The key to a good horror movie is what happens between the scares. The scares aren't the tricky part. If you're involved in what's going on in between, the scare is going to trick you. If you're not, the best scare in the world will not be scary.

It's really hard to make an original movie of any kind that succeeds in the theatrical market place, in the wide release market place.

I was lucky enough to have made a tonne of mistakes and be kind of frustrated. I was working in the movies for 15 years before I did 'Paranormal Activity,' so I was lucky enough to have that experience. So instead of trying to make, like, 'Godzilla' after 'Paranormal Activity,' I said, 'Let's keep making inexpensive movies.'

'Paranormal Activity' was the first of our independently made/studio-released films. It was also the ultimate low-budget high-concept movie, which is what we are always looking for. 'Paranormal Activity' was the genesis of our model, of which I am so proud.

There are a lot of parallels between doing a sequel and doing low budget movies, which is they give creative parameters. As a creative person myself, I work better with parameters as opposed to anything goes.

What I loved about 'War Dogs' was the fact that the tone - turning that story into a spectacular two hour ride is just such a complicated thing to do.

What I love about low-budget movies is my interests and the director's interests and the actors' interests are aligned. No one makes money unless the movie works, and that informs every creative decision.

In big movies, interests are not aligned between those above the line and the financier, because above the line gets paid whether the movie works or not. The financier only makes money if the movie works, and that fundamentally sets up a contentious relationship.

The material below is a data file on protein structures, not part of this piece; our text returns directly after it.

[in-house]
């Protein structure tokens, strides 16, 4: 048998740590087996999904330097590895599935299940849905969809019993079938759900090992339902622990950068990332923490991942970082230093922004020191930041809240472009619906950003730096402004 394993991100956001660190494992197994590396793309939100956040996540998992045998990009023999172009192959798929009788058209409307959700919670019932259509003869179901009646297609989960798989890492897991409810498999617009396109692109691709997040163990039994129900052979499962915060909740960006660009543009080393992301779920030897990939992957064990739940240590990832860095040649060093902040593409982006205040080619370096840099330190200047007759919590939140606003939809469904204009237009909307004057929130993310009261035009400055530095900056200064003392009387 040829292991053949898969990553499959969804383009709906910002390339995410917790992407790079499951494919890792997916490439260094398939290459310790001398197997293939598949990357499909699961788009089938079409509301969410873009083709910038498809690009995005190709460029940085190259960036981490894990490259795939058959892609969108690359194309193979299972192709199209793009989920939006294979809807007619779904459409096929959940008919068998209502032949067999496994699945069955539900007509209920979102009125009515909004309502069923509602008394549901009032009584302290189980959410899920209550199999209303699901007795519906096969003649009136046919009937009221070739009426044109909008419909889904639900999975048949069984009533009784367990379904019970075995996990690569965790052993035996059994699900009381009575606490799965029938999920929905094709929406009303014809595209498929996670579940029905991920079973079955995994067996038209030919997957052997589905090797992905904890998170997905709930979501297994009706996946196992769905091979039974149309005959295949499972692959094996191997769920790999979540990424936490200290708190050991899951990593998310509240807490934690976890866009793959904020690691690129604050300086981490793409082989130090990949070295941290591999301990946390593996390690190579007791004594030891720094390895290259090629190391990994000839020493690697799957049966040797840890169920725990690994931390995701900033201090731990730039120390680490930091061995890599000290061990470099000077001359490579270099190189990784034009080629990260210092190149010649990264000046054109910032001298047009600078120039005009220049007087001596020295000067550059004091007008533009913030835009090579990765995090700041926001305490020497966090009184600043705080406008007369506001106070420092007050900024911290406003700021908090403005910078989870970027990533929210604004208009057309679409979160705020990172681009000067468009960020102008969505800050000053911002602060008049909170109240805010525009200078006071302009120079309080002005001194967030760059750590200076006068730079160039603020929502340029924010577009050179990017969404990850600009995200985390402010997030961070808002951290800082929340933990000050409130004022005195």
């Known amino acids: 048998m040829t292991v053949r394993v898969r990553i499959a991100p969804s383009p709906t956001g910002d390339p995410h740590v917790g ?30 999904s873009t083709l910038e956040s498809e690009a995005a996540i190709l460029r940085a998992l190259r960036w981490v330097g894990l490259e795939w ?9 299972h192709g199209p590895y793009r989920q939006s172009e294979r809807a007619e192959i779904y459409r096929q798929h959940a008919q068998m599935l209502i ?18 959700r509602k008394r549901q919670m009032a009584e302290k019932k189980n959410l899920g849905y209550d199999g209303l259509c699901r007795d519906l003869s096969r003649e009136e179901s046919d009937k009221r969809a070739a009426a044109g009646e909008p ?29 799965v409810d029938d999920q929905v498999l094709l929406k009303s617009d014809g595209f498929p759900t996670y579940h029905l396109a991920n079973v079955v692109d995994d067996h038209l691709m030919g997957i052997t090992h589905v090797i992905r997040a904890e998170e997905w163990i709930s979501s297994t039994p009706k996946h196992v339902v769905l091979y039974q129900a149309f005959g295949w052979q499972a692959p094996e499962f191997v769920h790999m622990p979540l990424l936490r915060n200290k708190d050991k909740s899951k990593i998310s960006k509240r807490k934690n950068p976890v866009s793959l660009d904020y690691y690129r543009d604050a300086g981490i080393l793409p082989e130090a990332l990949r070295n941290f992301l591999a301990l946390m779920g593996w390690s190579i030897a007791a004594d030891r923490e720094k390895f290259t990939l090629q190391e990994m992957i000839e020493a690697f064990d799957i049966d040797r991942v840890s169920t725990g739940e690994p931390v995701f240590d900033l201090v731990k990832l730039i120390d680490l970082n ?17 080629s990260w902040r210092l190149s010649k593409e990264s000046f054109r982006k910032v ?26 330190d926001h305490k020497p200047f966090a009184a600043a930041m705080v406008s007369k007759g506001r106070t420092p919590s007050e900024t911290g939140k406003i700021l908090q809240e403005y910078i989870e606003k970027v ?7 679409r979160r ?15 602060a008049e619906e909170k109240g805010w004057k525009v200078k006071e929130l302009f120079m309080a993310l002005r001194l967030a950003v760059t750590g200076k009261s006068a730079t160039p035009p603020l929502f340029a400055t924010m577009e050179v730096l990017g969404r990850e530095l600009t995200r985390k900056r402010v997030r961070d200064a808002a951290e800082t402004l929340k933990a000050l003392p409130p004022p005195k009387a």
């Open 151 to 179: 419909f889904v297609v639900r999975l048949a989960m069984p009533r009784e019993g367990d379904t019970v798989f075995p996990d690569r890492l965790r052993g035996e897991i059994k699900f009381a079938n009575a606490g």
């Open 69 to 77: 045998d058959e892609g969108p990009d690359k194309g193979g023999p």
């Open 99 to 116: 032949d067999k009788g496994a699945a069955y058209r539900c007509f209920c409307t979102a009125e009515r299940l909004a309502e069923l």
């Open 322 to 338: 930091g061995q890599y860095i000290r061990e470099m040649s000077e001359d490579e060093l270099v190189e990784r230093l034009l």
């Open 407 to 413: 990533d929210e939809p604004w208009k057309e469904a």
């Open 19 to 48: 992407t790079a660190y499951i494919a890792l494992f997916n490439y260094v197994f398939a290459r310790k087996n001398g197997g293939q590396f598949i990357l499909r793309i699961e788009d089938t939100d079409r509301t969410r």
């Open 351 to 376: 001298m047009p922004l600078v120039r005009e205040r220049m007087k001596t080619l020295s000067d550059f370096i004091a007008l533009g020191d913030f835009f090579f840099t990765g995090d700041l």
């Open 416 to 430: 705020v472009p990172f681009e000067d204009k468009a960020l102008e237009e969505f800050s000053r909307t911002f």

I love Hitchcock movies. I took a Hitchcock class in college, so I saw all his movies. I wrote papers on his movies.

You shoot yourself in the foot when you think, 'We have to get a good scary movie director to do a script by another scary movie writer.'

I've grown to love it, but I'm not like a lot of other people who were always crazy horror fans like Eli Roth or Quentin Tarantino.

I think there's room for people to love 'Transformers' and love 'Insidious.' They coexist in a happy way; in other words, my movies wouldn't exist if 'Transformers' didn't exist, because they're an alternative to that. They're not better or worse, they're just different.

We make movies for the cineplex. They're designed for wide release. They're designed to be seen by a lot of people and eventually make money.

I love South By because people are more relaxed here, and people are a little more off guard. They say things and react more freely than Sundance or Cannes. I love the feel of this festival.

When you work in low budgets, you can do weird stuff.